News releases posted on the Tokyo Electric Power company’s website detailing efforts to cool down the nuclear power core at the Fukushima Daini Nuclear Power Station state there have been elevated radiation levels detected in the vicinity.
For most of the day Friday, Japanese officials were maintaining there had been no release of radiation. Officials announced late Friday afternoon they might vent moderately radioactive vapor from a containment vessel, in order to ease pressure in one of the plant’s containment vessels. Some 3,000 residents have been evacuated from nearby neighborhoods.
But a news release posted on the TEPCO site at 7 a.m. Tokyo time stated: “Measurement of radioactive material (Iodine, etc.) by monitoring car indicates increasing value compared to normal level. One of the monitoring posts is also indicating higher than normal level. We will continue monitoring discharge of radioactive material from exhaust stack and discharge canal, etc.”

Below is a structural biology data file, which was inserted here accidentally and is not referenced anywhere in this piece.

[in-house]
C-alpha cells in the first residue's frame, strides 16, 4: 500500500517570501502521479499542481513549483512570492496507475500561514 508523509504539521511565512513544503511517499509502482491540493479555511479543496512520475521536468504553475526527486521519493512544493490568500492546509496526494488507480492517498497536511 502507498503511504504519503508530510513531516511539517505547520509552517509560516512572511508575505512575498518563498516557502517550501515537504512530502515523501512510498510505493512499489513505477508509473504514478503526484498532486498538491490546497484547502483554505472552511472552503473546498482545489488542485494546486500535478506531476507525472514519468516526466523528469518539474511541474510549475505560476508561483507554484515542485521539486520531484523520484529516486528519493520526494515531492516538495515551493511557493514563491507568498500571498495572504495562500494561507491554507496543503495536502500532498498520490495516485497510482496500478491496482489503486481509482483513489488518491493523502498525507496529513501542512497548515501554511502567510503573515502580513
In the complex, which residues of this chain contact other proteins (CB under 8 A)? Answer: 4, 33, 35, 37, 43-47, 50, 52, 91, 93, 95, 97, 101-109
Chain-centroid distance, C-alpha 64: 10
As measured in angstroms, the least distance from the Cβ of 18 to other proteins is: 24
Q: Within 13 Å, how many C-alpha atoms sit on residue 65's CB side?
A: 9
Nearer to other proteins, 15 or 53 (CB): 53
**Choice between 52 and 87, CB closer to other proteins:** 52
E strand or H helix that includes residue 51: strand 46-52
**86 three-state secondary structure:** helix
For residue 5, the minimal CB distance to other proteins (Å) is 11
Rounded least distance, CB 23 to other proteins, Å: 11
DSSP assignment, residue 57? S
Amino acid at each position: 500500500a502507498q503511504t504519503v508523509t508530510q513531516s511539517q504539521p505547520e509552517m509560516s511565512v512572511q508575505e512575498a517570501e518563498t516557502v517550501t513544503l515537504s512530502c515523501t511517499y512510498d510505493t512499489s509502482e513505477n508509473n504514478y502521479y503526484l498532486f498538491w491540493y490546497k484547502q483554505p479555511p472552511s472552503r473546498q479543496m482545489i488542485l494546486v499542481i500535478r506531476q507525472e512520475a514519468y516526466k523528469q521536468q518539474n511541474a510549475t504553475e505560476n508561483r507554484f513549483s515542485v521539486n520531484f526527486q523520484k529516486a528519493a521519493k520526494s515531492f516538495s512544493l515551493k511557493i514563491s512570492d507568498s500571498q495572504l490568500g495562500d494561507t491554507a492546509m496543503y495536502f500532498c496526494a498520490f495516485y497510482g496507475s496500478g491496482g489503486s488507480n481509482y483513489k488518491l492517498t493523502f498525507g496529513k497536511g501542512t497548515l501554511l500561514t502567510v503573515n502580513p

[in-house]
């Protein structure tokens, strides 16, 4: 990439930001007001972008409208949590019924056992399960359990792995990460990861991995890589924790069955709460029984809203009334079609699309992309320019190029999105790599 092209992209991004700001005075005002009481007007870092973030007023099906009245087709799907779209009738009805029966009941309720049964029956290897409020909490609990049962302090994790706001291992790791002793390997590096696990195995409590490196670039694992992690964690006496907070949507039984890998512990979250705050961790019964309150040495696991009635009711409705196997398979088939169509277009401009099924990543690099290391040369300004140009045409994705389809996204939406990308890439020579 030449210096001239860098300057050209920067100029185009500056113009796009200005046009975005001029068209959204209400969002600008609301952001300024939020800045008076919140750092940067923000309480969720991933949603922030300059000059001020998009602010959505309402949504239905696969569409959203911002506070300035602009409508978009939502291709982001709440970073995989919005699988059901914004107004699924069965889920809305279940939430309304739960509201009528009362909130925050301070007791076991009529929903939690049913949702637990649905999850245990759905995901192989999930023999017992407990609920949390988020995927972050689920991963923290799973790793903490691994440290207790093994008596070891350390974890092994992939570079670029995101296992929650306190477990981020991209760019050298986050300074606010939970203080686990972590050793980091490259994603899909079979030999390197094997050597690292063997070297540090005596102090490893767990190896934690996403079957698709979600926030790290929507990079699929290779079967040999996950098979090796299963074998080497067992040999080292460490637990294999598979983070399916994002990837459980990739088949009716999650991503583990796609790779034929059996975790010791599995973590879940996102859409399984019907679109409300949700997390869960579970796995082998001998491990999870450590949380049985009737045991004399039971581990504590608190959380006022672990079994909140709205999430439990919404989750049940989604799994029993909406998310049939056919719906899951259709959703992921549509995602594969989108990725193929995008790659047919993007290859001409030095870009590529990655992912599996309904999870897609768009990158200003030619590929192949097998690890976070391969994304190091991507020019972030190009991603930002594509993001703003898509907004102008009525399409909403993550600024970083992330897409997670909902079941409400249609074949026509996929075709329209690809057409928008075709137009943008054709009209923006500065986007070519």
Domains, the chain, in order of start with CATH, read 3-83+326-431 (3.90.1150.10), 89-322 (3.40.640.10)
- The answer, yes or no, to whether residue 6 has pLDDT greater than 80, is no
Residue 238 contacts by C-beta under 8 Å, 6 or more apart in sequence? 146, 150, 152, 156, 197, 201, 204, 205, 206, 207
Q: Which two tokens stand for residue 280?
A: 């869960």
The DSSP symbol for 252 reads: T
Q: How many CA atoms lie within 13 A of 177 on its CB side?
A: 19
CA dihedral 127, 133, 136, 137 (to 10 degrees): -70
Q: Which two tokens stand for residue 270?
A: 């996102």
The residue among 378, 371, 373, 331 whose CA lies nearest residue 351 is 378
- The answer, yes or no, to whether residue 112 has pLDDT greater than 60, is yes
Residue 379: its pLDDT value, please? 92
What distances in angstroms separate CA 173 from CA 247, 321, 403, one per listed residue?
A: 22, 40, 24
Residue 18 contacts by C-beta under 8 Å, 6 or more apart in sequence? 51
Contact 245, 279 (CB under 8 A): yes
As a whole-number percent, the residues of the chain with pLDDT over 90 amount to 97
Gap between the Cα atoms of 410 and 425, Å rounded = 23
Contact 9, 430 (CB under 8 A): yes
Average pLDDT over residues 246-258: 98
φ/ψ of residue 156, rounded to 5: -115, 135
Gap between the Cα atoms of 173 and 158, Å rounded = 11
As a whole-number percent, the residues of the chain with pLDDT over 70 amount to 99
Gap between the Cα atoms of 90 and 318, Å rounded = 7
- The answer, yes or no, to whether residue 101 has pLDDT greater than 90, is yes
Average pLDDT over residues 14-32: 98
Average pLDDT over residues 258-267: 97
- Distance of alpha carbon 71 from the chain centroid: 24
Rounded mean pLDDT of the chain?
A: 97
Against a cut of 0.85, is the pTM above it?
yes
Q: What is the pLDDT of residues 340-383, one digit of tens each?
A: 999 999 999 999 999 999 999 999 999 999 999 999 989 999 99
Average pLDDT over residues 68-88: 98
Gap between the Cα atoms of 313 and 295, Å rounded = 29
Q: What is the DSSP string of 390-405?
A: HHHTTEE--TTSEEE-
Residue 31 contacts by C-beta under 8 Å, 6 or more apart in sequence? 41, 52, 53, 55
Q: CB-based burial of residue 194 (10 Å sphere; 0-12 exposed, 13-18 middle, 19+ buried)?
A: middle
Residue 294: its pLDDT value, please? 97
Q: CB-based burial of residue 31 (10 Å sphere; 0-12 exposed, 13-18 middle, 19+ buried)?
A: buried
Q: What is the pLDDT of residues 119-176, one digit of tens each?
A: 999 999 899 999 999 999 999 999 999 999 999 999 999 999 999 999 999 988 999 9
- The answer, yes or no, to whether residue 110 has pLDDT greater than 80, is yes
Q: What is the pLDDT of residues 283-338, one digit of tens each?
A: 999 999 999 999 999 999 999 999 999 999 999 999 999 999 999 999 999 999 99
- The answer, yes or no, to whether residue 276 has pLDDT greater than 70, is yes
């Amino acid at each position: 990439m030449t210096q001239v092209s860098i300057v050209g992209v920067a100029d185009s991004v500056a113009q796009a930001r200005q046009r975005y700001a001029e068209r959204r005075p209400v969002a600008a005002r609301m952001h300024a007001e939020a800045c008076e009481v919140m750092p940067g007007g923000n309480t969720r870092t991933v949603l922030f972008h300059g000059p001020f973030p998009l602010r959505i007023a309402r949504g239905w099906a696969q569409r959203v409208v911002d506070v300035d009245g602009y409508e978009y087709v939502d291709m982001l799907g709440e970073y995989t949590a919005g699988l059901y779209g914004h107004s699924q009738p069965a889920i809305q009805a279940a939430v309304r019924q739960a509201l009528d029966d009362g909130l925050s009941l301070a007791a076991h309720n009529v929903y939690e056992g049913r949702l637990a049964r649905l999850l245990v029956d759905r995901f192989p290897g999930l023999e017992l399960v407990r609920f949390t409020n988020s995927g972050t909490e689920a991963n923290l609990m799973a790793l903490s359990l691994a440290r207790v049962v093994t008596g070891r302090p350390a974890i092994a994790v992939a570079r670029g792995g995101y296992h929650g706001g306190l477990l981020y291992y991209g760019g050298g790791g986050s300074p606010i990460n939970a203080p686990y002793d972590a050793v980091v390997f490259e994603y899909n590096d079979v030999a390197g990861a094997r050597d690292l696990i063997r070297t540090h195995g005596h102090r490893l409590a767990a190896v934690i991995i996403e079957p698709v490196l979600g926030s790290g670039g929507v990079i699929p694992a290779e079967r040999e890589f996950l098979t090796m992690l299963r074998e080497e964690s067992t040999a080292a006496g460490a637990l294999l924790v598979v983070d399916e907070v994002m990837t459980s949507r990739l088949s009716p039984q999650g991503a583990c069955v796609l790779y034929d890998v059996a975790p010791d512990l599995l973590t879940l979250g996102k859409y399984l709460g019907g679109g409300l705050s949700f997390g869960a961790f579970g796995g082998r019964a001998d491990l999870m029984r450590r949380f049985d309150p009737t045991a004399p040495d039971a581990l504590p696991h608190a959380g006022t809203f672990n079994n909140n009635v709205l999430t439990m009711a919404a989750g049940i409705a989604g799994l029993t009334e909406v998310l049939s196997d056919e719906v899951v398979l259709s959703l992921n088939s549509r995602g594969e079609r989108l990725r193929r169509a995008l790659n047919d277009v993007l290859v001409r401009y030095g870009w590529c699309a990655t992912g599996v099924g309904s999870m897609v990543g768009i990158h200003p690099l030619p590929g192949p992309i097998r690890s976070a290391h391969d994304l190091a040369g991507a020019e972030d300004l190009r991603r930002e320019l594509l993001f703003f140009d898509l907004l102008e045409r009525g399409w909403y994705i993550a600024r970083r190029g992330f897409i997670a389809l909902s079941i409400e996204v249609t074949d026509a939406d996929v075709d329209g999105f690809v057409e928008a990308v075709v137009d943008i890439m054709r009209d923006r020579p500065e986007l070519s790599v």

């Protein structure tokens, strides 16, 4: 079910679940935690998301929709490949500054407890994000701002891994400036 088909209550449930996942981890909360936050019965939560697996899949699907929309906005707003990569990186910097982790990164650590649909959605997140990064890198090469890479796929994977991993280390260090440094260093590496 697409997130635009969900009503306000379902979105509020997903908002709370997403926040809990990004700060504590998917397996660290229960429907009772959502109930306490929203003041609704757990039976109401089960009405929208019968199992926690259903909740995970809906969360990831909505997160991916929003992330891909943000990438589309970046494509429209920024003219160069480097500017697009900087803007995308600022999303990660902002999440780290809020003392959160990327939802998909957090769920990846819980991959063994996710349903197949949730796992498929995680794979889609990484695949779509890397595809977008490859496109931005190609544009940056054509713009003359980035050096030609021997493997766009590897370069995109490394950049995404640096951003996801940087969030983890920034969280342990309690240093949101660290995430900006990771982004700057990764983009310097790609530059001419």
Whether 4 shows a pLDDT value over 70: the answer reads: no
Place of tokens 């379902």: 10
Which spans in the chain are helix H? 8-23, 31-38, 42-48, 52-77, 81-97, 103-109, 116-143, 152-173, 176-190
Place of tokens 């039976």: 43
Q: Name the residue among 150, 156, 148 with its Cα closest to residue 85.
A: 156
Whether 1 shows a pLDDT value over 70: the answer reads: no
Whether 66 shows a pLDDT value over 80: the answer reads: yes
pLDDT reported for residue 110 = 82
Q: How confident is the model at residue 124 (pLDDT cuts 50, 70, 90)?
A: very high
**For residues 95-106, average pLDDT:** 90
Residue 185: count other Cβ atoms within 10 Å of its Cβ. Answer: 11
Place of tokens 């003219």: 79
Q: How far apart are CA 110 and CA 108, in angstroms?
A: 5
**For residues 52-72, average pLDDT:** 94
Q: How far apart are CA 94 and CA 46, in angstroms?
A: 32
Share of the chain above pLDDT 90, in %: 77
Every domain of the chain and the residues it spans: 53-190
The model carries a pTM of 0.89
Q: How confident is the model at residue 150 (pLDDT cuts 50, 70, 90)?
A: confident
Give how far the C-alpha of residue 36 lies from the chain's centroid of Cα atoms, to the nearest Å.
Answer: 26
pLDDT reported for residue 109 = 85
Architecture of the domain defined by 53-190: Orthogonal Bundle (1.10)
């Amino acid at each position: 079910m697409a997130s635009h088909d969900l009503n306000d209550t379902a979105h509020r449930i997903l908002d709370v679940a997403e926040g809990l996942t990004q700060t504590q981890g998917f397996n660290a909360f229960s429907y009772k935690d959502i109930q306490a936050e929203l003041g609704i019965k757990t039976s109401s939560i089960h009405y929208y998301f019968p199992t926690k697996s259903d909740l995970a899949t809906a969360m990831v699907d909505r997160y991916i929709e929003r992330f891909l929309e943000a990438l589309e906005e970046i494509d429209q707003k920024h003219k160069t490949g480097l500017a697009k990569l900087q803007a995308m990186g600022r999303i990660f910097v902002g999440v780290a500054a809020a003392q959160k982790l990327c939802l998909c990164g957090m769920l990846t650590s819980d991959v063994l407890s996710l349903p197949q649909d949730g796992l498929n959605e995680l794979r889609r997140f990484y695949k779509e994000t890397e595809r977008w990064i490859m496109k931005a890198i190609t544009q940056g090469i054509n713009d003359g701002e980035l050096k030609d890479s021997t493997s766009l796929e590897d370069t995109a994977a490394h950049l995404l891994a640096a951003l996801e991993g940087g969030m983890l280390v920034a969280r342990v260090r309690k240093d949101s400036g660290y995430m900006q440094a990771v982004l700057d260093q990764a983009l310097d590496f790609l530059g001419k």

The U.K. Telegraph and other news outlets reported late Friday afternoon that the radiation inside the control room of one of the Fukushima nuclear plants had reached 1,000 times the normal level. If that report is accurate, it would suggest radioactive fumes had spread throughout the plant.
Another news release from the company’s website contains the ominous news: “A seriously injured worker is still trapped in the crane operating console of the exhaust stack and his breathing and pulse cannot be confirmed.”
Rescue and repair efforts are being complicated by the danger of aftershocks, and the ongoing need to monitor radiation.
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